• I have spoken to many banks and credit unions about mobile RDC. There's a genuine interest in offering the feature, but most are just not ready because they haven't got mobile figured out in general.

    It's difficult for a bank without mobile banking to jump directly to mobile RDC because of the risk, perceived or otherwise. Banks with existing mobile banking implementations generally are trying get their arms around what they have. Many banks consider their initial mobile banking implementations to essentially be a pilot, a basic first step.

    In general, banks are still wrestling with developing a mobile strategy. Mobile RDC has a bright future in the U.S. and is likely to pick up steam as the economy improves and efforts like those at USAA demonstrate the clear benefits.

  • Bob,
    With your contacts among the bankers, can you provide some information on the types of criteria the banks apply before granting access to consumer RDC, especially, phone capture? I am sure the bankers will not want to be very specific, but I think it would be good to provide the industry and the general public with knowledge that some criteria will be applied and it is not simply a matter of having an iPhone and then I can deposit my checks. Thanks

  • Bill ... excellent question. I'd be interested in any information Bob can share from his banker contacts, too. From what I've learned about USAA's use of mobile capture ... it is being offered to their loan and insurance members ... those that have already essentially gone through a credit check with them.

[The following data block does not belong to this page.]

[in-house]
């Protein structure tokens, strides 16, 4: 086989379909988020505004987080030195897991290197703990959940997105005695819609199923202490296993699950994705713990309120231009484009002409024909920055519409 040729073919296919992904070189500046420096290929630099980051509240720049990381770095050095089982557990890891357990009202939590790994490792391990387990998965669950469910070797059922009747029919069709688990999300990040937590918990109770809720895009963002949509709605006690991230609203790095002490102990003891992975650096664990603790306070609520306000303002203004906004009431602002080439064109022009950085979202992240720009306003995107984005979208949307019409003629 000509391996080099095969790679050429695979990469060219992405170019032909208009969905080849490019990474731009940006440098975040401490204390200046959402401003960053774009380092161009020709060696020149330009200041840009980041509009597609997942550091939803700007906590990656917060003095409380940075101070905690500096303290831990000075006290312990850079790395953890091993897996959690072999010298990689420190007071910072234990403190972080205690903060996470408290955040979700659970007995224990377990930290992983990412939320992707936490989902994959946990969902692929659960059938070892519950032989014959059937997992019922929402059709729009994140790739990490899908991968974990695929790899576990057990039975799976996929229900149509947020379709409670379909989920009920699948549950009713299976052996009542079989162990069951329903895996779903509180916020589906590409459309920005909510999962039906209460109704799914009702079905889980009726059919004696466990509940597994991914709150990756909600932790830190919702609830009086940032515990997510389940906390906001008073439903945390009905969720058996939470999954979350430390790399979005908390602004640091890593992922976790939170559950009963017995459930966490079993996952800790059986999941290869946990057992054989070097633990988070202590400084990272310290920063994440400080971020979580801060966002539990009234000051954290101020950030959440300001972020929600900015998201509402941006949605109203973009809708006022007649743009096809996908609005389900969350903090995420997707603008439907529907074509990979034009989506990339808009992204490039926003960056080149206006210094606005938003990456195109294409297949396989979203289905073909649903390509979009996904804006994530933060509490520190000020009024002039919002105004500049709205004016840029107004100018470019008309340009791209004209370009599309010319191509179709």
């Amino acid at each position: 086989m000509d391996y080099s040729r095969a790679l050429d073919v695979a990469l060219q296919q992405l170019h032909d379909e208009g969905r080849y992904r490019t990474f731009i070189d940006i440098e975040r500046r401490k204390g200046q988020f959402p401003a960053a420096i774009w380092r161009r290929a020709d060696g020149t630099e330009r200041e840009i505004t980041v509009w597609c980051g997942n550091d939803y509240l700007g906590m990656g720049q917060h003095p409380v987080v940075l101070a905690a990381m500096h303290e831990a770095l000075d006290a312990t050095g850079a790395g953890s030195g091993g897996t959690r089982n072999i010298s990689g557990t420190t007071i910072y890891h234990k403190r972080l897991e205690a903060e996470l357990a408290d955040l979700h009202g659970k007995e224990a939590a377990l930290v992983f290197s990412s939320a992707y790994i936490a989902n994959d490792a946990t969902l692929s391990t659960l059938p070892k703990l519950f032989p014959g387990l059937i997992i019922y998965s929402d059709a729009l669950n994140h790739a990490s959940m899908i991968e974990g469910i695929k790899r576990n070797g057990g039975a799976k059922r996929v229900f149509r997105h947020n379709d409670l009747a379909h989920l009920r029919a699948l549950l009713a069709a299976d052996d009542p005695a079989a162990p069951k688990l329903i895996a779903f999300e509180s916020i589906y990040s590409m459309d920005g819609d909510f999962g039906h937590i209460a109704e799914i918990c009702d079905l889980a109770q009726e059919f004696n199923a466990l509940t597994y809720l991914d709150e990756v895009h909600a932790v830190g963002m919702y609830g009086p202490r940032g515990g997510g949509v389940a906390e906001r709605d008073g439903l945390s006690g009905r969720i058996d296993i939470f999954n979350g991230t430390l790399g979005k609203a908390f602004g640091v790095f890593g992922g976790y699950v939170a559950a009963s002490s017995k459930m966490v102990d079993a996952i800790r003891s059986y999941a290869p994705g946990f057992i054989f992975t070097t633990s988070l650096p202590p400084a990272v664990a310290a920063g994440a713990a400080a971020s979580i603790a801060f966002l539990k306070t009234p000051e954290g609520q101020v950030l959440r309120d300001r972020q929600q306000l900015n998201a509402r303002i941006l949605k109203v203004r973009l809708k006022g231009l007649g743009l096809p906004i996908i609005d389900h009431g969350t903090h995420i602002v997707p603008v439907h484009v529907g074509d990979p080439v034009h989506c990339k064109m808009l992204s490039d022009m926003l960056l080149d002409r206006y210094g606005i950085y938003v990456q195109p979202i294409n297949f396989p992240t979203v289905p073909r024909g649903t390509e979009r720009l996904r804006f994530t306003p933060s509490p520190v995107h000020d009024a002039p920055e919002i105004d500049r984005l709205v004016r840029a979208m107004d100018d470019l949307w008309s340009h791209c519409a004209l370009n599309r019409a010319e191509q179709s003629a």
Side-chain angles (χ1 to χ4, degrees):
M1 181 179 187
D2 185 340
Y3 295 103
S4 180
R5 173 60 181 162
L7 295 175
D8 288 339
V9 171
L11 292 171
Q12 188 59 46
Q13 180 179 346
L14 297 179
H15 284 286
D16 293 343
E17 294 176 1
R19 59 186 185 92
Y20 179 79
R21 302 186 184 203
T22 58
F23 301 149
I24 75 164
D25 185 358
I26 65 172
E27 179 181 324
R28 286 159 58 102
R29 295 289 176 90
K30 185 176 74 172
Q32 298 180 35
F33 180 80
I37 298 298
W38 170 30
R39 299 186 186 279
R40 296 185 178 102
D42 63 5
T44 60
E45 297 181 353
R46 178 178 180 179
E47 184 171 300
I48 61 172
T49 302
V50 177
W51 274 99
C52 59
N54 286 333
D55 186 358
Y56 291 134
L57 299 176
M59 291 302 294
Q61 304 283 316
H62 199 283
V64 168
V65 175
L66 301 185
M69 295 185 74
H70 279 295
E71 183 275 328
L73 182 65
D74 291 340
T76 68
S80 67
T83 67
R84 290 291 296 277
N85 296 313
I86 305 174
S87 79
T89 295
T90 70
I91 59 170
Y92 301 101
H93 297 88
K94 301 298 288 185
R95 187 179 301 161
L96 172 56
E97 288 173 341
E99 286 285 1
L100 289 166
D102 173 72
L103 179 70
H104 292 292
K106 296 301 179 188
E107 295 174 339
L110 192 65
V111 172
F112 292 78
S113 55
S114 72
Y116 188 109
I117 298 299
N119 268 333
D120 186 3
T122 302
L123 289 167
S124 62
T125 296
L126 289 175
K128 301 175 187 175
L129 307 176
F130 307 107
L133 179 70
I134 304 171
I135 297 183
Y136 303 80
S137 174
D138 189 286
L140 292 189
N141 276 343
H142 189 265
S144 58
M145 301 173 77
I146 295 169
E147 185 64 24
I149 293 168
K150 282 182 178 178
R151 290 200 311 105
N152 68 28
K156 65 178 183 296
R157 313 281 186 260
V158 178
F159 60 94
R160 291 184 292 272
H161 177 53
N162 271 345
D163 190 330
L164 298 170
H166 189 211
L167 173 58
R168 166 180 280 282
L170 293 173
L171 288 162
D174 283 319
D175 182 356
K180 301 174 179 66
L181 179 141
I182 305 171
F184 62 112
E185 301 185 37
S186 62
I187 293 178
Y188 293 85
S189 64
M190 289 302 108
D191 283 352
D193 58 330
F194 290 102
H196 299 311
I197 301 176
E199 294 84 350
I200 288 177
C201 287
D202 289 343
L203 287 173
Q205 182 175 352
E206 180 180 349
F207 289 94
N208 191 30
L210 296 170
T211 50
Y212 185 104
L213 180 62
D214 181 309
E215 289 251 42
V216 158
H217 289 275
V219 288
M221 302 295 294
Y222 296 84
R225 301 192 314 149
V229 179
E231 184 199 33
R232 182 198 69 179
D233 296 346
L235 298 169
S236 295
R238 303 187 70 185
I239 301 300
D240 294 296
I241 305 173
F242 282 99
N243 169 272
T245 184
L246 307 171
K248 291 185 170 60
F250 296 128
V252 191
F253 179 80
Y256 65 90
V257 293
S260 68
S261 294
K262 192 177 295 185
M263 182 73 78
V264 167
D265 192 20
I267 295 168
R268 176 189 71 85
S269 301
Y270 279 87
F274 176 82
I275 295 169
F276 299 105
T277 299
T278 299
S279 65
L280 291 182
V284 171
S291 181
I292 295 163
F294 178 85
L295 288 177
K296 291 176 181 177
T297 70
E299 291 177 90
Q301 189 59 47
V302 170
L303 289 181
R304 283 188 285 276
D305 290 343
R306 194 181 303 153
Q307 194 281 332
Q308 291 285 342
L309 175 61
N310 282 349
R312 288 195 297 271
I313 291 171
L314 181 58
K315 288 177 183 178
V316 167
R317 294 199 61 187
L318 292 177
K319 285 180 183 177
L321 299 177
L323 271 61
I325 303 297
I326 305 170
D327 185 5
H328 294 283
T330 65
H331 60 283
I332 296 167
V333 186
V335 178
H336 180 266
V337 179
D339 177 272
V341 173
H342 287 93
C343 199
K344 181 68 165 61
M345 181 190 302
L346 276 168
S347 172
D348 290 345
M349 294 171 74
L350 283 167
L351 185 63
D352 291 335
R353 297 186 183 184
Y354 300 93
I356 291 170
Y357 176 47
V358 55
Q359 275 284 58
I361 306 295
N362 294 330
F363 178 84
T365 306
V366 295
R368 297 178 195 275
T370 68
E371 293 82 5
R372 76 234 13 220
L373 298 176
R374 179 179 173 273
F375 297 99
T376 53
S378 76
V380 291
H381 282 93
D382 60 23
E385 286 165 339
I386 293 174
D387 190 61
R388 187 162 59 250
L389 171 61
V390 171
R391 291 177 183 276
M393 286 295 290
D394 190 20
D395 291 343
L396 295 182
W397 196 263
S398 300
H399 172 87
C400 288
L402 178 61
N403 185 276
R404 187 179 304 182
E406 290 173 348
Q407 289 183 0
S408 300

Bob ... another question ... how far away are we from mobile payment adoption? Why accept a check when you can instead look for a P2P or mobile to mobile option? Are we looking at 2-3 years or 5 years or longer?

  • Seems to me, it's too early to cite any patterns in mobile RDC user eligibility requirements. For consumer capture (with desktop scanners) requirements vary. Minimally, some deposit history with the FI.

    I appreciate Chris's question - why all this technology around paper checks? Early results from consumer capture are showing surprizing average dollar amounts - between $800 and $1,200. Clearly, users are depositing a healthy number of pay checks. Not all P2P items in other words. Direct deposit is not a new invention

  • I suspect many of these checks are rent checks. iPhone owners match the profile of a landlord. Landlords often don't have a lot of checks to deposit, but they need to get them in quick for cash flow and they have stuff to do, other than drive to the bank.